How to Recognize and Treat a Shingles Rash

If you’ve had chickenpox, you may develop shingles because the two conditions are caused by the same virus. After you recover from chickenpox, the virus stays inactive in your body. Not everyone who had chickenpox gets shingles, but the virus can become active again and cause shingles and its most recognizable symptom—the shingles rash. The risk of getting shingles increases with age, and people over age 50 and those with a weakened immune system are at the greatest risk.

Spotting a Shingles Rash

A shingles rash usually happens on one side of the body, most commonly on the face or torso. The rash is made up of painful, blister-like sores. Typically, people report feeling itching, pain or tingling for a few days before the rash appears.

Different people describe the pain caused by the rash differently. It’s commonly described as burning, numbness, shooting or tingling, and you may experience one or more types of the pain at the same time.

Blisters generally start to scab over in seven to 10 days. In most cases, the rash heals completely in two to four weeks.

Other Signs of Shingles

The shingles rash is the most talked about symptom, but it isn’t the only one. Shingles can also cause chills, fever, headache and upset stomach.

Shingles may sometimes lead to a condition called postherpetic neuralgia (PHN). This condition causes nerve pain in the area when the shingles rash occurred. PHN can last a few weeks to a few months, and the pain can be severe. People under 40 rarely get PHN.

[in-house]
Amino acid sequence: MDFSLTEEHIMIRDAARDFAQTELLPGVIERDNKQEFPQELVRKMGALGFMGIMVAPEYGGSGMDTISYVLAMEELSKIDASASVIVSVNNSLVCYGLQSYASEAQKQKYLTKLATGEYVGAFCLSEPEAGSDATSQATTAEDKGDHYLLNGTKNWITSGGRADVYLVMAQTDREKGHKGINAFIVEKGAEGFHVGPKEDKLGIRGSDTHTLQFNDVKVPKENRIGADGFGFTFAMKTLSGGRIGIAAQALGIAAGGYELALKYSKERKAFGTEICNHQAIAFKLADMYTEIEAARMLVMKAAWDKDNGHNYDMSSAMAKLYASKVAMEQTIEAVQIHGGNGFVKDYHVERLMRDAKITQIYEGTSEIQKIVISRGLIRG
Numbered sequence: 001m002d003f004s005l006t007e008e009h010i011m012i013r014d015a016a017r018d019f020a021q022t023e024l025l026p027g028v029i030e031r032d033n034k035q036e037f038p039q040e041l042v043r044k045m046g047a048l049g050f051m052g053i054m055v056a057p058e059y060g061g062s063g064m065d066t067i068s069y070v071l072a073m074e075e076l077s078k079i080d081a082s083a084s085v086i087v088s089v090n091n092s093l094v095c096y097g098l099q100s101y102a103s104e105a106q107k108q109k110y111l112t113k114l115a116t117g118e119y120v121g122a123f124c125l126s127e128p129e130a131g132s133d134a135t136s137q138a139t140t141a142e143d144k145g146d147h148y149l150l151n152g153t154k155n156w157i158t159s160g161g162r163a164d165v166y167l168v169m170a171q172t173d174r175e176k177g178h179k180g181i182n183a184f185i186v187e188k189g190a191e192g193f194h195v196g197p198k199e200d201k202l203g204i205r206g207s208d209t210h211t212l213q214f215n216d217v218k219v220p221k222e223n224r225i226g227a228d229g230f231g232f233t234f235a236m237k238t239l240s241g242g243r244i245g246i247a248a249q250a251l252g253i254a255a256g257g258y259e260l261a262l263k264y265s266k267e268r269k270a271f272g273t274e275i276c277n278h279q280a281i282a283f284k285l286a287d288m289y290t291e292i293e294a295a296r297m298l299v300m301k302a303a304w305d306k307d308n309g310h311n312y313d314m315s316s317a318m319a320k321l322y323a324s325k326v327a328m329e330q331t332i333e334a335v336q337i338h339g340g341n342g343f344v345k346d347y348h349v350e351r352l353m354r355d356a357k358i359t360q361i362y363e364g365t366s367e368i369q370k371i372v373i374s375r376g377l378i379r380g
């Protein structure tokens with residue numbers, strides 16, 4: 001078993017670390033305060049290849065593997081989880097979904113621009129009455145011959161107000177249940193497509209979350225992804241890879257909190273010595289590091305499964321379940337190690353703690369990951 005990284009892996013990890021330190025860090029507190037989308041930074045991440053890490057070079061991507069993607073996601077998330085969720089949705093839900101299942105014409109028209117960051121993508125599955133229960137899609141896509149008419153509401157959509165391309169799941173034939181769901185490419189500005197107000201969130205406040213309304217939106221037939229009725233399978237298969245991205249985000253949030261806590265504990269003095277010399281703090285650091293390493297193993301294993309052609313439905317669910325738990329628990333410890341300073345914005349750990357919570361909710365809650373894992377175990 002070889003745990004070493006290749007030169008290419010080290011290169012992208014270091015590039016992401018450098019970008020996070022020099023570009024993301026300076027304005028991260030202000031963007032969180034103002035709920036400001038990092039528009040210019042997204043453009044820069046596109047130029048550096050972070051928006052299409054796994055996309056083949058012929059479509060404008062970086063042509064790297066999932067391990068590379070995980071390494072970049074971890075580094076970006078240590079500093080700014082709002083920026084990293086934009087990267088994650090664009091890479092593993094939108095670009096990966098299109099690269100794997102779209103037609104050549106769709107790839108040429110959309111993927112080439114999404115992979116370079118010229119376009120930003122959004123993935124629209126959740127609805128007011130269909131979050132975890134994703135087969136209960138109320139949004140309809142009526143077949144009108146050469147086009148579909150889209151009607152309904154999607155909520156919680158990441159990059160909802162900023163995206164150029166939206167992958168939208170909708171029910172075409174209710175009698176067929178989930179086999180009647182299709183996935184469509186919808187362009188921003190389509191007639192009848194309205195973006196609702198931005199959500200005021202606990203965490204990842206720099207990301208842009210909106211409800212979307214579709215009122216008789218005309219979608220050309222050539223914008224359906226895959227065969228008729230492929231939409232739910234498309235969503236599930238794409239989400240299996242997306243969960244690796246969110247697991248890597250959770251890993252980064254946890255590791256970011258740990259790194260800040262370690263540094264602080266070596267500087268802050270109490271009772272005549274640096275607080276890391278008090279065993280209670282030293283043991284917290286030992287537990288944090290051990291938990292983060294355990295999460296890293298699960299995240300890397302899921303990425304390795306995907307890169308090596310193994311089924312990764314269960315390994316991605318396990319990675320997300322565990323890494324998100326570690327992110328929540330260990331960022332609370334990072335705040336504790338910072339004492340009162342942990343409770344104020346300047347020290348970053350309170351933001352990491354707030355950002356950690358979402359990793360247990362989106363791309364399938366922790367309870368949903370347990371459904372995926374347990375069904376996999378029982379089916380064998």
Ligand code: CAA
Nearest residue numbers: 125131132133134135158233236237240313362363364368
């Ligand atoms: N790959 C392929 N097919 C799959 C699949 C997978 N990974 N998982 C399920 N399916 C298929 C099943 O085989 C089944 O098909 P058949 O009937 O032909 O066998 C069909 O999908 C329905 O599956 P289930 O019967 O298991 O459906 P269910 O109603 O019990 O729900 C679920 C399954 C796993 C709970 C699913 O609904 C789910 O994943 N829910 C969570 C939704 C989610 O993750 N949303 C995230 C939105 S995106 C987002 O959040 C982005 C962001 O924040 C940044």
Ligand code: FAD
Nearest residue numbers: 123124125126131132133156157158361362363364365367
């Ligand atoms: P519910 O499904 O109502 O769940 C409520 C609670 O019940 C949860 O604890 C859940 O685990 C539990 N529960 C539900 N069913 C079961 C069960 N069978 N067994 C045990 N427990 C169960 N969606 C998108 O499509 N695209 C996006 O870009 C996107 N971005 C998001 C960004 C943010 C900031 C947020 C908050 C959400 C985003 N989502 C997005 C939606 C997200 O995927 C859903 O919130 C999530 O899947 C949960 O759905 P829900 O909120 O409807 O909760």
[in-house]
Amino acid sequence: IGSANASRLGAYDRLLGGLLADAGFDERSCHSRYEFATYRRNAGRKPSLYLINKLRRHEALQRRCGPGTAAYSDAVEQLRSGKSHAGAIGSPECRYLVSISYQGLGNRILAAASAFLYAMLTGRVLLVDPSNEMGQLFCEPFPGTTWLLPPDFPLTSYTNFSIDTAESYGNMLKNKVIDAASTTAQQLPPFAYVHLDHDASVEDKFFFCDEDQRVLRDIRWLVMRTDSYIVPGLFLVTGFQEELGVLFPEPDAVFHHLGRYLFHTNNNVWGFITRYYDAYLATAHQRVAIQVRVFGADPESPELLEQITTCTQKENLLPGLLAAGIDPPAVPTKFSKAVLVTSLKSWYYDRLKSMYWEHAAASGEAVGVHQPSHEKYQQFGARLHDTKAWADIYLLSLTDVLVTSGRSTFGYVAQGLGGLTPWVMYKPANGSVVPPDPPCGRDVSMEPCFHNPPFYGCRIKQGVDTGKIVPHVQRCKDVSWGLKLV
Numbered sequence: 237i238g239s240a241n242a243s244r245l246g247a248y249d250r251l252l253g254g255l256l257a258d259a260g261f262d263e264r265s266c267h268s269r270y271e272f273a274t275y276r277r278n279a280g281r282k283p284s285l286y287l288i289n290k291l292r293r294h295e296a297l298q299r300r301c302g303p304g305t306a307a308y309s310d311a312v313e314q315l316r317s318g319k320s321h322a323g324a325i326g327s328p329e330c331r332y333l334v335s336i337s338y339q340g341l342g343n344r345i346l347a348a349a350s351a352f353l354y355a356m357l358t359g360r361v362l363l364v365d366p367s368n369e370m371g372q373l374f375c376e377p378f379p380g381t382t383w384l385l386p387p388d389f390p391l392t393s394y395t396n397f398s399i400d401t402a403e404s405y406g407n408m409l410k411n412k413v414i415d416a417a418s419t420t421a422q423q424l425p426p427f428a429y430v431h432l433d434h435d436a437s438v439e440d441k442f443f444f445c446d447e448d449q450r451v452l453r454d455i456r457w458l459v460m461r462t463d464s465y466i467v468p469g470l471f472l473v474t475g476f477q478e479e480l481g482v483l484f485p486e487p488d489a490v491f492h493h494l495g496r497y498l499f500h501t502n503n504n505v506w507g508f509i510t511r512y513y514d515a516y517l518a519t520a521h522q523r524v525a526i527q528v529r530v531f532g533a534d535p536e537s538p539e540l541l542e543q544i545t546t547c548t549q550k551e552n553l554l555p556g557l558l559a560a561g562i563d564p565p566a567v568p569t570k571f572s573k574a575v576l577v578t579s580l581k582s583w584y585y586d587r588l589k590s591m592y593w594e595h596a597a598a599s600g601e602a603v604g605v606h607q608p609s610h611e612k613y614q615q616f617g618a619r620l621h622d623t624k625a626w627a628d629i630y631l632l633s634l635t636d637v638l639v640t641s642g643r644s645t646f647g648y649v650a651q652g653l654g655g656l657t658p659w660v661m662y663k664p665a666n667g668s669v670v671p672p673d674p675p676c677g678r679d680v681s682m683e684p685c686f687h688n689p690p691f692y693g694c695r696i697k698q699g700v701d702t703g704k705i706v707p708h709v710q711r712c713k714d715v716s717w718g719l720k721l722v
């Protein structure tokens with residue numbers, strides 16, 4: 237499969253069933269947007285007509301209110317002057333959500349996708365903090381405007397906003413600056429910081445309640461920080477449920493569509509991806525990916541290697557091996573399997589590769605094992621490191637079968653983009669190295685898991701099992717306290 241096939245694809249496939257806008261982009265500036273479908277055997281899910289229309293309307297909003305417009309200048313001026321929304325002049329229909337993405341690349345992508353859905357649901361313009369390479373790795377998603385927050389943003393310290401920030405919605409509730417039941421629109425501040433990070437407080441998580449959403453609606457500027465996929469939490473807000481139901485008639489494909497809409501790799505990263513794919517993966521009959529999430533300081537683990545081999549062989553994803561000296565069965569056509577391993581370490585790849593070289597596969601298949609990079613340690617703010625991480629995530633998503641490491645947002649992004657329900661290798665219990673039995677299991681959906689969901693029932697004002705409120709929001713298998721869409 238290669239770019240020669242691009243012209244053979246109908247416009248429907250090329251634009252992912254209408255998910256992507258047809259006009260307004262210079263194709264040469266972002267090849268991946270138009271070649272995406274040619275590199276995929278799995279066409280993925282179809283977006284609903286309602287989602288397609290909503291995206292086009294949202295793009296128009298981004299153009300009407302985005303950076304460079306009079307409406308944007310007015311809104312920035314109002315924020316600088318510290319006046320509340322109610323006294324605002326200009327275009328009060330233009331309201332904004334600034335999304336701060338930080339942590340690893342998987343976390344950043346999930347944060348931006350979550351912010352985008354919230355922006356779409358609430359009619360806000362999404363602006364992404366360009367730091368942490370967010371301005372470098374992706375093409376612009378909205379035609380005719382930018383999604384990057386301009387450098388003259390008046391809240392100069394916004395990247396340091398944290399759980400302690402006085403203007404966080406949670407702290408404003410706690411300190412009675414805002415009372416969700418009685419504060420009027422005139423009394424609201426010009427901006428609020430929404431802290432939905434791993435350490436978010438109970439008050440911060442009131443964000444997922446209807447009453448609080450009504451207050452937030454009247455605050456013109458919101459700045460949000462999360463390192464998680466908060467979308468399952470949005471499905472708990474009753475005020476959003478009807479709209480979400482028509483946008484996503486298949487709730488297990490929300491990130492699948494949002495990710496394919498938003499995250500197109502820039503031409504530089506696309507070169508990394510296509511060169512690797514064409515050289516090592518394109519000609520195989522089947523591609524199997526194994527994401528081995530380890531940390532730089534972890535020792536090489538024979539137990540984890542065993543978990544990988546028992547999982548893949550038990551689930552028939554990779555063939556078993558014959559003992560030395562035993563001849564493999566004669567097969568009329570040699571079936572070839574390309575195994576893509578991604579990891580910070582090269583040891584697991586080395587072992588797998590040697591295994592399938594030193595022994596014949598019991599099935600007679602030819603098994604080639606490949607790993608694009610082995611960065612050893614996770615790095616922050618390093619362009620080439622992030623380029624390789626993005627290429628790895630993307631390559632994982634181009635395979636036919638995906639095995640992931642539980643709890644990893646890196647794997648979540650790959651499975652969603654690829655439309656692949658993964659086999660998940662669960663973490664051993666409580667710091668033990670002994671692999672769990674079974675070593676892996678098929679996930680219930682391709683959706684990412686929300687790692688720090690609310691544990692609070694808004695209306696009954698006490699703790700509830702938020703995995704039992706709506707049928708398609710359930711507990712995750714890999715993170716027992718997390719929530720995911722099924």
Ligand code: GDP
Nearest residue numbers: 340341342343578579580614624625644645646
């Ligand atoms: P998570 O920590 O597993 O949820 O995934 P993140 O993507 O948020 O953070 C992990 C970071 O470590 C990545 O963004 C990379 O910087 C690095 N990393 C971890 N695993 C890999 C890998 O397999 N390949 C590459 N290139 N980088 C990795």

Rarely, shingles may cause additional complications, including:

  • Balance issues
  • Hearing loss
  • Inflammation in the brain
  • Pneumonia
  • Vision loss

Help for Shingles and Your Shingles Rash

There is no cure for shingles, but antiviral medication can lessen the severity of your symptoms and may shorten how long you have the condition. The medication is most beneficial when started within the first three days after the shingles rash appears. Antiviral medication may also prevent PHN if taken soon after shingles first appear.

Acetaminophen and ibuprofen can help decrease the fever, headache and pain that usually come with shingles. Self-care may help with symptoms too:

  • Get extra rest.
  • Place a cool, damp washcloth on the rash to decrease itching and pain.
  • Take an oatmeal bath to reduce itching.
  • Use calamine lotion to ease itching.

Shingles: Keep It Out of Your House

Shingles rashes can be painful and unpleasant. The best way to avoid the disease is by getting vaccinated. The vaccine for shingles, called Shingrix, is recommended for all adults age 50 and over and adults age 19 and older with a weakened immune system.

You can’t give shingles to someone who has had chickenpox. However, if someone has not had chickenpox, they can get the virus if they come in contact with fluid from shingles blisters. In this case, they may get chickenpox.

To keep the virus from spreading:

  • Avoid scratching or touching the rash.
  • Cover the rash.
  • Wash your hands frequently.

When to See a Provider

If you notice signs of shingles, it’s time to get help. The earlier you start medication for shingles, the sooner you will feel better. Quick treatment also lowers your risk of complications.

If you think you may have shingles, don’t wait for an appointment. Visit River’s Edge Hospital & Clinic’s Urgent Care Department Monday–Friday from noon–7:30 p.m. and weekends from 8 a.m.–4 p.m.

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